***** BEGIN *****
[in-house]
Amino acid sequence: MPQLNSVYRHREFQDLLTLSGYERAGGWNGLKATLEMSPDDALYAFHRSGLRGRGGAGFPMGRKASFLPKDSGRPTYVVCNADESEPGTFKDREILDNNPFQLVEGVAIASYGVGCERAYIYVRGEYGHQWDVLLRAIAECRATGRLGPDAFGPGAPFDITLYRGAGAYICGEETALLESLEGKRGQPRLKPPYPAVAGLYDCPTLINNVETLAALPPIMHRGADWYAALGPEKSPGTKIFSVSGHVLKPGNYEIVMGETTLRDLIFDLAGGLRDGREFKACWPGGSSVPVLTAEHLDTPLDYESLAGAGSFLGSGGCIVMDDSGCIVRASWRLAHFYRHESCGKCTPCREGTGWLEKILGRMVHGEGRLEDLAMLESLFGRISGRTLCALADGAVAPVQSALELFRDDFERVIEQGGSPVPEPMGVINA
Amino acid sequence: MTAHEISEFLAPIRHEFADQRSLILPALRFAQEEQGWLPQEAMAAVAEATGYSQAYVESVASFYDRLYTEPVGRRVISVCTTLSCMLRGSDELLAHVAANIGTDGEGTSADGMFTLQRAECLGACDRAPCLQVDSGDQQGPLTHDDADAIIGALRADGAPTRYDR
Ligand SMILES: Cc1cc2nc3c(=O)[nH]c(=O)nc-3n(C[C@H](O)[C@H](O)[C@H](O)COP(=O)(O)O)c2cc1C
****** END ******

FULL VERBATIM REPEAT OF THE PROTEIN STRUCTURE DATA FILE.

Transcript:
[in-house]
Amino acid sequence: MPQLNSVYRHREFQDLLTLSGYERAGGWNGLKATLEMSPDDALYAFHRSGLRGRGGAGFPMGRKASFLPKDSGRPTYVVCNADESEPGTFKDREILDNNPFQLVEGVAIASYGVGCERAYIYVRGEYGHQWDVLLRAIAECRATGRLGPDAFGPGAPFDITLYRGAGAYICGEETALLESLEGKRGQPRLKPPYPAVAGLYDCPTLINNVETLAALPPIMHRGADWYAALGPEKSPGTKIFSVSGHVLKPGNYEIVMGETTLRDLIFDLAGGLRDGREFKACWPGGSSVPVLTAEHLDTPLDYESLAGAGSFLGSGGCIVMDDSGCIVRASWRLAHFYRHESCGKCTPCREGTGWLEKILGRMVHGEGRLEDLAMLESLFGRISGRTLCALADGAVAPVQSALELFRDDFERVIEQGGSPVPEPMGVINA
Amino acid sequence: MTAHEISEFLAPIRHEFADQRSLILPALRFAQEEQGWLPQEAMAAVAEATGYSQAYVESVASFYDRLYTEPVGRRVISVCTTLSCMLRGSDELLAHVAANIGTDGEGTSADGMFTLQRAECLGACDRAPCLQVDSGDQQGPLTHDDADAIIGALRADGAPTRYDR
Ligand SMILES: Cc1cc2nc3c(=O)[nH]c(=O)nc-3n(C[C@H](O)[C@H](O)[C@H](O)COP(=O)(O)O)c2cc1C